Devastated. Devastated. Like a recording stuck on repeat, words reverberated and replayed in her head.
All she could do was nod and stumble on, going through the motions. Doing what had to be done.
Whatever that was.
Alex. Baby Alex needed her. He was alone. All alone in a violent world that had stolen his mommy and daddy. A mommy and daddy who had loved him fiercely.
She felt lost. Alone. Just like Alex.
At the door of the room, she paused and sucked in a deep breath, hoping for strength, settling for vague sensory input. Hospital food. The clatter of trays coming off the elevator. Breakfast.
It seemed like hours since the sheriff had appeared at her door. But morning had just arrived, the dawn of a new and terrible day. A day she could not bear to face.
Maybe she was still asleep. Still dreaming. That was it. Bad dreams about death and destruction were all too common to her.
Wake up, Cass. Wake up.
The urging didn't work. She was still standing outside a thick, brown door inside Northwood Regional Hospital staring into the gentle eyes of a nurse. Wishing she could slide to the floor and die, too, Cassidy faced the fact that this nightmare was the real thing.
?" How did she ask if he was horribly burned or hooked up to tubes and wires? If he was suffering?
The nurse nodded, understanding Cassidy's concern. "He was far enough away from the fire to escape the worst. He suffered some smoke inhalation, but nothing that breathing treatments won't resolve in a few days. He should recover well."
With a push to the center of her glasses, the kind woman left the rest unsaid. Alex had slept in the remodeled nursery upstairs. His parents slept downstairs in the unfinished portion of the old house. The fire must have started on the bottom floor, sucking their lives away while they slept, exhausted from the chore of remodeling the beautiful old Victorian into a bed-and-breakfast. A dream that would die with them.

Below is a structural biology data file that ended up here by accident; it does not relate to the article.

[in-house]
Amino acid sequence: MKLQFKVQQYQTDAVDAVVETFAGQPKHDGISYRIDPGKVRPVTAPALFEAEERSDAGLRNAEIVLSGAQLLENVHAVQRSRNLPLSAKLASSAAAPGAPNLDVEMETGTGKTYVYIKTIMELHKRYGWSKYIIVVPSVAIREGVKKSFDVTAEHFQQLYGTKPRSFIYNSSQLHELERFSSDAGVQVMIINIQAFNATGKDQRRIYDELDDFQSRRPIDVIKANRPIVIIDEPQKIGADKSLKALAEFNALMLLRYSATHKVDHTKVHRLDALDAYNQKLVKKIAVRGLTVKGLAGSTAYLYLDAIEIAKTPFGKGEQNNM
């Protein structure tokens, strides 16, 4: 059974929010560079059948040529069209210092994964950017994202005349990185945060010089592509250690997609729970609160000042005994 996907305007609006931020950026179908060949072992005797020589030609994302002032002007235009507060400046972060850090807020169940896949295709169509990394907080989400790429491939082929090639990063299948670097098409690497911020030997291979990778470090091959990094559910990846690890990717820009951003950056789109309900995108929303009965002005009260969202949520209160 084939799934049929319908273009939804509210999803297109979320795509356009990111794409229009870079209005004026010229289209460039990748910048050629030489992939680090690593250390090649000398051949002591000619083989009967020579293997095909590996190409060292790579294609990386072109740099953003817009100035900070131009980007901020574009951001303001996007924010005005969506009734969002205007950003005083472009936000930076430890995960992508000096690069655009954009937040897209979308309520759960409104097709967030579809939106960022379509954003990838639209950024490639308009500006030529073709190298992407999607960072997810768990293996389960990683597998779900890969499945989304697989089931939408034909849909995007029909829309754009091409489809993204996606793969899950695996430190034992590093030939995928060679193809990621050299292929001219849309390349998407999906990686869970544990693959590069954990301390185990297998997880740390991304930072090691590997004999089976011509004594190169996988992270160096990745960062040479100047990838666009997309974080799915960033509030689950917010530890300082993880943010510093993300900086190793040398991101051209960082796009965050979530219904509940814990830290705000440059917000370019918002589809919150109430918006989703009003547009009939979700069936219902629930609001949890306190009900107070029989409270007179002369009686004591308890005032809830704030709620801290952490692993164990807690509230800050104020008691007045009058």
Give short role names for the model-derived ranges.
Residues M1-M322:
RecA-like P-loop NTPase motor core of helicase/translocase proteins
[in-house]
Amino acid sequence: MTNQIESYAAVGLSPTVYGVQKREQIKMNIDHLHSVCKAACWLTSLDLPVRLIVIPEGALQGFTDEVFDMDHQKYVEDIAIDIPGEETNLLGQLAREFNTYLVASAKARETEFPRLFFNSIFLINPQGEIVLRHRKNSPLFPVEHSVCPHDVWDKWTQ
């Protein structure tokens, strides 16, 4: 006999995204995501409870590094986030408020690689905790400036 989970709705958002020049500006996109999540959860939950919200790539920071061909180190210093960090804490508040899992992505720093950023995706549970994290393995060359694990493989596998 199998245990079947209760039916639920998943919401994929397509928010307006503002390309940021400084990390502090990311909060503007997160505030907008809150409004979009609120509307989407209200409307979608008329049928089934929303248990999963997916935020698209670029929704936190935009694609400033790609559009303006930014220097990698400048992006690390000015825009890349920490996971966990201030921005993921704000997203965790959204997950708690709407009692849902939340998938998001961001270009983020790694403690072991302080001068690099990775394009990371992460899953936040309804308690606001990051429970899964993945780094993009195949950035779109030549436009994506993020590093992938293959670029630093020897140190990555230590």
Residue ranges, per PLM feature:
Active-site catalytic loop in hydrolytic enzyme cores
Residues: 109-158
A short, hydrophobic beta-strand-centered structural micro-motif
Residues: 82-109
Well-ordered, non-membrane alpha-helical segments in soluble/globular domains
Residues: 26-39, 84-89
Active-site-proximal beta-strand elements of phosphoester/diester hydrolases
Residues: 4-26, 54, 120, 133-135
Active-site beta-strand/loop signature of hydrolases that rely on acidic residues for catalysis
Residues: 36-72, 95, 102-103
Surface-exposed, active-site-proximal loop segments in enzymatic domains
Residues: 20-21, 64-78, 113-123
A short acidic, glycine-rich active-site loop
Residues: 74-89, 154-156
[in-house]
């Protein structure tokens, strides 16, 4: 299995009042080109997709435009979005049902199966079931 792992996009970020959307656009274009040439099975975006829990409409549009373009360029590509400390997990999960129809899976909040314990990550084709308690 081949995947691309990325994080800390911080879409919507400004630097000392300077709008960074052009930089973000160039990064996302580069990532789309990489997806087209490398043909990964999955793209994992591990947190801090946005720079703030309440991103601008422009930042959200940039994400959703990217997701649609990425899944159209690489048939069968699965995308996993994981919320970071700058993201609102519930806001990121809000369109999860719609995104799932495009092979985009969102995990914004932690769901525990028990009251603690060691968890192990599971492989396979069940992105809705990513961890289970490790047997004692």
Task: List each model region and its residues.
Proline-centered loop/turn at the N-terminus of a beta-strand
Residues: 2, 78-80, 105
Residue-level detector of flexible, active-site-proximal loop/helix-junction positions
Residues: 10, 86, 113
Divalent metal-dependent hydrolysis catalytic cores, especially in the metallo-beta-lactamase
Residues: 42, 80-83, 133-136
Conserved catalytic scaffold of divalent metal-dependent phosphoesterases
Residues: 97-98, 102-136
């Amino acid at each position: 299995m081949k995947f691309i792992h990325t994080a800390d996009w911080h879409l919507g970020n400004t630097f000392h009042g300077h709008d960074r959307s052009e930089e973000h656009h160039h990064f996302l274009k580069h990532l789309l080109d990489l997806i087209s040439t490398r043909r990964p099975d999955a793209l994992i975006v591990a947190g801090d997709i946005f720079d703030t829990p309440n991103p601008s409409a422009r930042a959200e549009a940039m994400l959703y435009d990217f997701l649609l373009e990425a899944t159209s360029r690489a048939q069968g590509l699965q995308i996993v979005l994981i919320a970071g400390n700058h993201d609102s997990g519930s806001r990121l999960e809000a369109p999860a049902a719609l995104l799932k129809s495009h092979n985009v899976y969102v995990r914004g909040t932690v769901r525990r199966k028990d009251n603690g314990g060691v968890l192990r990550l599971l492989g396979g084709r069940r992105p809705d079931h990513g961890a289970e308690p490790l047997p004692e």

The nurse hovered, leaning close to whisper. "He came in with the baby. I hope you don't mind."
Cassidy paused, perplexed, the flat of one hand against the cool wooden door.
"Who?" She had no relatives close enough to have arrived already. Not anymore. No one but Alex.
"The firefighter. He won't leave."
Cassidy tensed. The last thing she wanted was a firefighter hanging around to remind her of what she and Alex had lost this horrible night. She wanted the man to get out, to leave her in peace. But she hadn't the strength to say so.
"I'll handle things from here. Thank you." Her voice sounded strangely detached, as though her vocal cords belonged to someone else far away in a big, empty auditorium.
"If I can do anything
Cassidy managed a nod. At least she thought she did as she pushed the door open and stepped inside.
The eerie quiet that invades a hospital deepened inside the room. Pale morning light from the curtained windows fell across a bulky form. Still dressed in the dark-yellow pants and black boots of a firefighter, stinking of soot and smoke, a man had pulled a chair against the side of Alex's crib. Turnout coat hung on the back of the chair, his dark head was bowed, forehead balanced on the raised railing. One of his hands stretched between the bars, holding Alex's tiny fingers.
Too exhausted and numb and grief-stricken to think, Cassidy paused in the doorway to contemplate the unlikely pair a baby and a fireman. What was the man doing? Sleeping? Praying? Why was he here?
Unexpected gratitude filtered in to mix and mingle with her other rampaging emotions. After the night's tragedy, she could hardly bear to think about anything related to fireeven the men who fought itbut she was very glad her four-month-old nephew had not been alone all this time.
The fireman roused himself, lifting his head to observe the sleeping baby and then to turn and look at her. Cassidy's first impression was of darkness. The same black soot covering his clothes smeared his face, so that Cassidy had a hard time discerning his age or looks. His eyes, though reddened behind the spiky eyelashes, were as dark as his nearly black hair. Only the fingerprint cleft in his chin stood out, stark white against the soot.
With another look at the baby, the man carefully slid his fingers from Alex's grip and stood. He wasn't overly tall, but his upper body was athletic and fit beneath the navy North-wood Fire Department shirt. Weariness emanated from him.
"Are you the aunt?" he asked. "They said he had an aunt." He glanced back at Alex, swallowed. "My sister has a baby."
Then he stopped as if the word sister was too strong a reminder of the night's loss.
"Yes, I'm his aunt. Cassidy Willis."
She moved to the raised crib and gazed down at the child with her sister's dark-blond hair and Brad's high cheekbones. What was she going to do now? What would Janna want her to do? Who would be mother and father to her sister's little boy?
"Is anyone else coming to be with you?"